The requester’s purpose generally does not affect his or her right to receive records under either the Sunshine Law or the Public Records Law. See, e.g., In re Transit Casualty Co., 435 S.W.3d 293, 300 (Mo. banc 2001) (“Citizens of Missouri have the right to inspect and copy any public record even if there is no apparent legal interest to be subserved”); State ex rel. Pulitzer Missouri Newspapers, Inc. v. Seay, 330 S.W.3d 823 (Mo.Ct.App. 2011); State ex rel. Gray v. Brigham, 622 S.W.2d 734, 735 (Mo.Ct.App. 1981). But, see, Fletcher v. Tomlinson, No. 4:14-CV-999, 2014 WL 5425555 (E.D. Mo. 2014) (holding information regarding police practices and equipment was not required to be disclosed because it did not affect the general public). In addition, a number of the statutory exemptions from the disclosure requirements of the two open records acts allow access to records for those with a direct and tangible interest in the records. See, e.g., Vital Records Act, Mo.Rev.Stat. § 193.245 -.246.

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3. Use of records

The subsequent use to be made of information obtained under the Sunshine Law or Public Records Law generally is not restricted. However, in a number of statutory exceptions, information from records can only be used for “legitimate research purposes.” See, e.g., Vital Records Law, Mo.Rev.Stat. § 193.245(2).

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B. Whose records are and are not subject to the act

By definition, the Sunshine Law applies to “public governmental bodies” and “quasi-public governmental bodies.” Mo.Rev.Stat. § 610.011. The definition of public governmental bodies includes, among others, the executive and legislative branches of state government, the judicial branch when acting in an administrative capacity, political subdivisions of the state, committees and commissions appointed by the governor, deliberative bodies under the direction of three or more elected or appointed members having rule making or quasi-judicial authority, as well as The Curators of the University of Missouri and other governing bodies of any institution of higher learning that is supported in whole or in part from state funds. Mo.Rev.Stat. § 610.010(4)(a)-(f).

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1. Executive branch

Records of the executives themselves- the governor, mayors, and other chief executive persons- and executive bodies are subject to public inspection under the Sunshine Law. See MacLachlan v. McNary, 684 S.W.2d 534, 537 (Mo.Ct.App. 1984) (county executive, a single member executive body, may be a “public governmental body” under the Sunshine Law); Tipton v. Barton, 747 S.W.2d 325 (Mo.Ct.App. 1988) (city coordinator, chief assistant to mayor, is a “public governmental body” under the Sunshine Law); Hemeyer v. KRCG-TV, 6 S.W.3d 880 (Mo. banc 1999) (a sheriff’s videotape of the booking of a suspect is a ‘retained public record’ under Mo.Rev.Stat. § 610.010(6)). Records of executives are subject to public inspection under the Public Records Law only if those records are required to be kept by statute or ordinance. Mo.Rev.Stat. § 109.180.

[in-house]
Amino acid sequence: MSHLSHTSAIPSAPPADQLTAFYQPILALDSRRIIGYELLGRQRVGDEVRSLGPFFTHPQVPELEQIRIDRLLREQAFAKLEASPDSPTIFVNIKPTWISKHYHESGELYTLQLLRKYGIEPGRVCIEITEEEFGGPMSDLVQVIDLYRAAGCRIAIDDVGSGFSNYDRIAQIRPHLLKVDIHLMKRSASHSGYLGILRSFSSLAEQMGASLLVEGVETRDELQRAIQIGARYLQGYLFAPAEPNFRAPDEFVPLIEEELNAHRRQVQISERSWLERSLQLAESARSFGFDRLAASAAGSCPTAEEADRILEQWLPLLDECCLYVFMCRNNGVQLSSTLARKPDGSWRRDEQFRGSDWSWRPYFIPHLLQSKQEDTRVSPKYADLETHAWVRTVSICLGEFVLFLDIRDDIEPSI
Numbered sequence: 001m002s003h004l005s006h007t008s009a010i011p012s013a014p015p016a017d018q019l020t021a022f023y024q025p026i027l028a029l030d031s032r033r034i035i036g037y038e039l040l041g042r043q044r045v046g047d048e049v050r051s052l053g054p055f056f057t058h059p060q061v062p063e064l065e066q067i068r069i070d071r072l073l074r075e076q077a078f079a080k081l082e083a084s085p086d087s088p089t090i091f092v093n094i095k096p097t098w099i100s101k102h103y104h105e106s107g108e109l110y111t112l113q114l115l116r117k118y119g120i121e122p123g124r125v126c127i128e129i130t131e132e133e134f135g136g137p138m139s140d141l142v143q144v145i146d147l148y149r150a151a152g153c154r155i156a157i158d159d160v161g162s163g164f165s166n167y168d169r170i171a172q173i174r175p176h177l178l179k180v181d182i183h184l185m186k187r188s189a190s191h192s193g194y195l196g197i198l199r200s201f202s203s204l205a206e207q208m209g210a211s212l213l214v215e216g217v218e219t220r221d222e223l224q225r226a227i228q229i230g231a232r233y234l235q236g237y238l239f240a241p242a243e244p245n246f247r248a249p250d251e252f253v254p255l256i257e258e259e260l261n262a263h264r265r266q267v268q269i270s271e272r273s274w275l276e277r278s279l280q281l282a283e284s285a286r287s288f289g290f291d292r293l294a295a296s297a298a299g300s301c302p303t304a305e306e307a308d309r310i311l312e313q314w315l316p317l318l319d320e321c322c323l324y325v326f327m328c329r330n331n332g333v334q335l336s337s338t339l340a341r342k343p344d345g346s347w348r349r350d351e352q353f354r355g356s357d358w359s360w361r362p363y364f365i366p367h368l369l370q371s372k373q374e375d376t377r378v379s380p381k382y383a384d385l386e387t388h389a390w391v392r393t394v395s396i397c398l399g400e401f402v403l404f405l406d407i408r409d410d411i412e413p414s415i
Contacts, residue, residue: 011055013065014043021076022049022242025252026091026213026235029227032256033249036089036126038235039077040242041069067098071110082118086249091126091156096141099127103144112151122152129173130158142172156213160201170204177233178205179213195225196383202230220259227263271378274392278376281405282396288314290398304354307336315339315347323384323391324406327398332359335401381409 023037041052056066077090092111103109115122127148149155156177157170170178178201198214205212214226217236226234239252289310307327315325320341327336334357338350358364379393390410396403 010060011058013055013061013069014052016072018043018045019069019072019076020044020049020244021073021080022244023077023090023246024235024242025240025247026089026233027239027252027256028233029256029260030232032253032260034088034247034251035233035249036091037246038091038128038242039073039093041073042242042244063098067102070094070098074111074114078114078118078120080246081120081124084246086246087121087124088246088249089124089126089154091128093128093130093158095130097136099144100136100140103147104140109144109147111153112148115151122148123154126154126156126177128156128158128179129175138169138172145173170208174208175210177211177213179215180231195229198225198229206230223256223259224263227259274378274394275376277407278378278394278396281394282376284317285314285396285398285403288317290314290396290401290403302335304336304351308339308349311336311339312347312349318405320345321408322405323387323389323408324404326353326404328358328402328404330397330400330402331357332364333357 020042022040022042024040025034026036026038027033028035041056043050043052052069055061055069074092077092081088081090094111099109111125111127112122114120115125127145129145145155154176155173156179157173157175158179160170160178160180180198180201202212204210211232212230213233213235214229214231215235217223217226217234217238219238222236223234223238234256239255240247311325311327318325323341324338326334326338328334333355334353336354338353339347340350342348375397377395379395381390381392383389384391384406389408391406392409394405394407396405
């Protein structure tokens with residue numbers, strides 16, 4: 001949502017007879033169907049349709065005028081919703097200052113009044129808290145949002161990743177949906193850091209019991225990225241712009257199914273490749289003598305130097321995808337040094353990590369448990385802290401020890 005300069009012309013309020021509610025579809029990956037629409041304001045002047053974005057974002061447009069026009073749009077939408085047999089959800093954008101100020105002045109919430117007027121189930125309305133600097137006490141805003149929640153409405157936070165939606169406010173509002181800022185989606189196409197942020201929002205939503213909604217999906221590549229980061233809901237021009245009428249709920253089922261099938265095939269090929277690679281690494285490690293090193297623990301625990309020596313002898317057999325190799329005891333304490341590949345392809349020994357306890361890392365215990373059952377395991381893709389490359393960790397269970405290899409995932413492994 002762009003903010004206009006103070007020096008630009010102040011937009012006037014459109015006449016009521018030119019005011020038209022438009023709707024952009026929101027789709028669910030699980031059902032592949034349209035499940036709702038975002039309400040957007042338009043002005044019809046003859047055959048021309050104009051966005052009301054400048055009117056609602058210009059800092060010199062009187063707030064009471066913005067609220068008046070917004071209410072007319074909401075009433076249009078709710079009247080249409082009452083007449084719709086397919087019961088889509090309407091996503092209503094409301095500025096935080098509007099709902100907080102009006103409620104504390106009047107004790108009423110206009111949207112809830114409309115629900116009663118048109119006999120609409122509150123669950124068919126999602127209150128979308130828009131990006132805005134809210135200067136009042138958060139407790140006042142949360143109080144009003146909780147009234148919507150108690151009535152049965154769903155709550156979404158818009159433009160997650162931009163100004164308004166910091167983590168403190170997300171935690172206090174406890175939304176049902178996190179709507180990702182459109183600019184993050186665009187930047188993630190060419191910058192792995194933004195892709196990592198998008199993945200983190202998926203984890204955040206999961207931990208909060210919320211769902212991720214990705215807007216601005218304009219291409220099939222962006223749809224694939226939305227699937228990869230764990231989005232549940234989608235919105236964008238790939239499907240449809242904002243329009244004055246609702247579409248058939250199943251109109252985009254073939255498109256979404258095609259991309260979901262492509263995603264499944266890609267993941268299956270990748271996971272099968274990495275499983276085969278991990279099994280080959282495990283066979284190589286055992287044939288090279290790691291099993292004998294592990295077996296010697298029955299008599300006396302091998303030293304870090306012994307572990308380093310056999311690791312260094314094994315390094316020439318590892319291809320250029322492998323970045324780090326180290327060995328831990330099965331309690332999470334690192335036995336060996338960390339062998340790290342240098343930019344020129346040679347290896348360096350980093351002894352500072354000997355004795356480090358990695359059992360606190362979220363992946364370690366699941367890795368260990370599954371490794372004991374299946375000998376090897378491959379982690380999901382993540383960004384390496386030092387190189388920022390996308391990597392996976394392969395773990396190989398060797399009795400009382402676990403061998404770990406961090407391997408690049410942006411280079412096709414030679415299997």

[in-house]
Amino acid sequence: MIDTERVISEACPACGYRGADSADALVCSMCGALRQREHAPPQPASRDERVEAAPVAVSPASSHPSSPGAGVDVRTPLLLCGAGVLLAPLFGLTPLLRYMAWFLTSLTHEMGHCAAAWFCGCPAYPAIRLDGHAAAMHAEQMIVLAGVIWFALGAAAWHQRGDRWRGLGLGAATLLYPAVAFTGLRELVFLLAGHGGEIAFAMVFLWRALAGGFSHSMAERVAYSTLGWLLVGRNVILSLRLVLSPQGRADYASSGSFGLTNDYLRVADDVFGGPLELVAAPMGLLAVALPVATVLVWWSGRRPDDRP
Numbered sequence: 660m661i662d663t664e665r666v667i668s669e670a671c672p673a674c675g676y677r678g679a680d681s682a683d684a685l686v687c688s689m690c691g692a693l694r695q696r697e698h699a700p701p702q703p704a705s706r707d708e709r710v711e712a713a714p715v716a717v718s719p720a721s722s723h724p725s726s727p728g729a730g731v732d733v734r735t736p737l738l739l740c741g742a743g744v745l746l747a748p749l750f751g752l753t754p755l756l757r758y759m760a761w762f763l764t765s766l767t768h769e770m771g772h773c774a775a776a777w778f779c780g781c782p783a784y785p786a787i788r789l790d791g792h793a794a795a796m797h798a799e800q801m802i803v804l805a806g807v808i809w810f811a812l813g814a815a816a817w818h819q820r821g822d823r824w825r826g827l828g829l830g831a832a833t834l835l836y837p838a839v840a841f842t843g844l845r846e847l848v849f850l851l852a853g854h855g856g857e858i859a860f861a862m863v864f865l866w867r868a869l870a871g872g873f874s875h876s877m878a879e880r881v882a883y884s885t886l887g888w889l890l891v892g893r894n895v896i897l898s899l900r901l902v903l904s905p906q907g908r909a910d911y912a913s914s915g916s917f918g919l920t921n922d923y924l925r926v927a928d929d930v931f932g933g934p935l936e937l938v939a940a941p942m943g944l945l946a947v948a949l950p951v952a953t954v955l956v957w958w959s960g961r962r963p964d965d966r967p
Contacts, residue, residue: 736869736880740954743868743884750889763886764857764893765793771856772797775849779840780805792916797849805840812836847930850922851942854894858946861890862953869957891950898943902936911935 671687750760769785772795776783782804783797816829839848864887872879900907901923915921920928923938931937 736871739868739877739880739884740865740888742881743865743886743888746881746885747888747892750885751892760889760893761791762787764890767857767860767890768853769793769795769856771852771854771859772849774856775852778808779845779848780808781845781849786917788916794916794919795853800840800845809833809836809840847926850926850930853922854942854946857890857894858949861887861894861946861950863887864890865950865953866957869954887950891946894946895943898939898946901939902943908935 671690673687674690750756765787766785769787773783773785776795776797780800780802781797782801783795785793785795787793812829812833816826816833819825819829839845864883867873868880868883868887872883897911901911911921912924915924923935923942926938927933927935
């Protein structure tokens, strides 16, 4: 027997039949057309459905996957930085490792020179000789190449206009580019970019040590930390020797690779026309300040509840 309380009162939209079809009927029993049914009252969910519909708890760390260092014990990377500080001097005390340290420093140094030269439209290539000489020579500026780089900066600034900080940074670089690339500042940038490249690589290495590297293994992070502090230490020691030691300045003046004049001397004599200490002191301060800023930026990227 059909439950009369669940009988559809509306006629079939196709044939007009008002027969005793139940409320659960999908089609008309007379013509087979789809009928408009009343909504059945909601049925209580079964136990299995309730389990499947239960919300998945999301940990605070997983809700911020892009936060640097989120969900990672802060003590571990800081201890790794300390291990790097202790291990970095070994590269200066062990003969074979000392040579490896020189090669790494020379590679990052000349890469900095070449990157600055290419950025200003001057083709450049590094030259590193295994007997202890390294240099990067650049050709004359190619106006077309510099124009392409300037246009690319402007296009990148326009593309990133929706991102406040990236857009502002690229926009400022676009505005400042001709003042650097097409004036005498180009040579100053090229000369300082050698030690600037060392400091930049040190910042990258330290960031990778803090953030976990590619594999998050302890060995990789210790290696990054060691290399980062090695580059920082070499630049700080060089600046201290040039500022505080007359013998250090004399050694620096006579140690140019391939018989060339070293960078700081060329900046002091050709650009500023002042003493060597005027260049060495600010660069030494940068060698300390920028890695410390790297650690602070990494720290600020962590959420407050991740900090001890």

Administrative bodies are also subject to the Sunshine Law. Mo.Rev.Stat. § 610.010(4). See Tipton v. Barton, 747 S.W.2d 325, 329 (Mo.Ct.App. 1988) (“[a]n earlier definition of ‘public governmental body’ . . . was amended in 1978 and again in 1982 to specifically include administrative or executive bodies.”); MacLachlan v. McNary, 684 S.W.2d 534, 538 (Mo.Ct.App. 1984)(“it is unnecessary that an entity have binding authority for it to be subject to the Sunshine Law. It is within the meaning of the law if its determinations affect the public.”) Administrative bodies are also subject to the Public Records Law, if the records of those administrative bodies are kept pursuant to statute or ordinance.

Under the Sunshine Law, records of the executive branch are subject to disclosure if they reflect deliberations or decisions that in any way affect the public. MacLachlan v. McNary, 684 S.W.2d 534, 538 (Mo.Ct.App. 1984). In contrast, the Public Records Law does not call for a functional approach to disclosure of government records. Rather, it requires disclosure of any record required to be kept pursuant to statute or ordinance, whether that record relates to preliminary fact-finding, deliberations, or decision-making.